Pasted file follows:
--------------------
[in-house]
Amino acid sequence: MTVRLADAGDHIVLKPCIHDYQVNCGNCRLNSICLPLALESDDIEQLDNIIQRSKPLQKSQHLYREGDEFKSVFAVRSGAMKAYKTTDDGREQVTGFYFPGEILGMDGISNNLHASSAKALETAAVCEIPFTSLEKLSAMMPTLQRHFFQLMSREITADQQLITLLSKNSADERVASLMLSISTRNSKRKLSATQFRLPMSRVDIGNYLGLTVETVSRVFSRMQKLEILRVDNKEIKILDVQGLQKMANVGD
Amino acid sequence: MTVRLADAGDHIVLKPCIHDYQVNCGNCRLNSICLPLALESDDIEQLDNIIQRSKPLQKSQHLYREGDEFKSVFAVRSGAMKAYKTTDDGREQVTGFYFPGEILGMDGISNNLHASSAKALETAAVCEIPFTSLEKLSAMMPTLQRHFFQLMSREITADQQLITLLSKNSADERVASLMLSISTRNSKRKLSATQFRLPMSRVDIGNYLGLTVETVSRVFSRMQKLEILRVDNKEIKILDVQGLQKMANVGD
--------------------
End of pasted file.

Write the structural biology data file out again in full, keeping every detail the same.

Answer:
[in-house]
Amino acid sequence: MTVRLADAGDHIVLKPCIHDYQVNCGNCRLNSICLPLALESDDIEQLDNIIQRSKPLQKSQHLYREGDEFKSVFAVRSGAMKAYKTTDDGREQVTGFYFPGEILGMDGISNNLHASSAKALETAAVCEIPFTSLEKLSAMMPTLQRHFFQLMSREITADQQLITLLSKNSADERVASLMLSISTRNSKRKLSATQFRLPMSRVDIGNYLGLTVETVSRVFSRMQKLEILRVDNKEIKILDVQGLQKMANVGD
Amino acid sequence: MTVRLADAGDHIVLKPCIHDYQVNCGNCRLNSICLPLALESDDIEQLDNIIQRSKPLQKSQHLYREGDEFKSVFAVRSGAMKAYKTTDDGREQVTGFYFPGEILGMDGISNNLHASSAKALETAAVCEIPFTSLEKLSAMMPTLQRHFFQLMSREITADQQLITLLSKNSADERVASLMLSISTRNSKRKLSATQFRLPMSRVDIGNYLGLTVETVSRVFSRMQKLEILRVDNKEIKILDVQGLQKMANVGD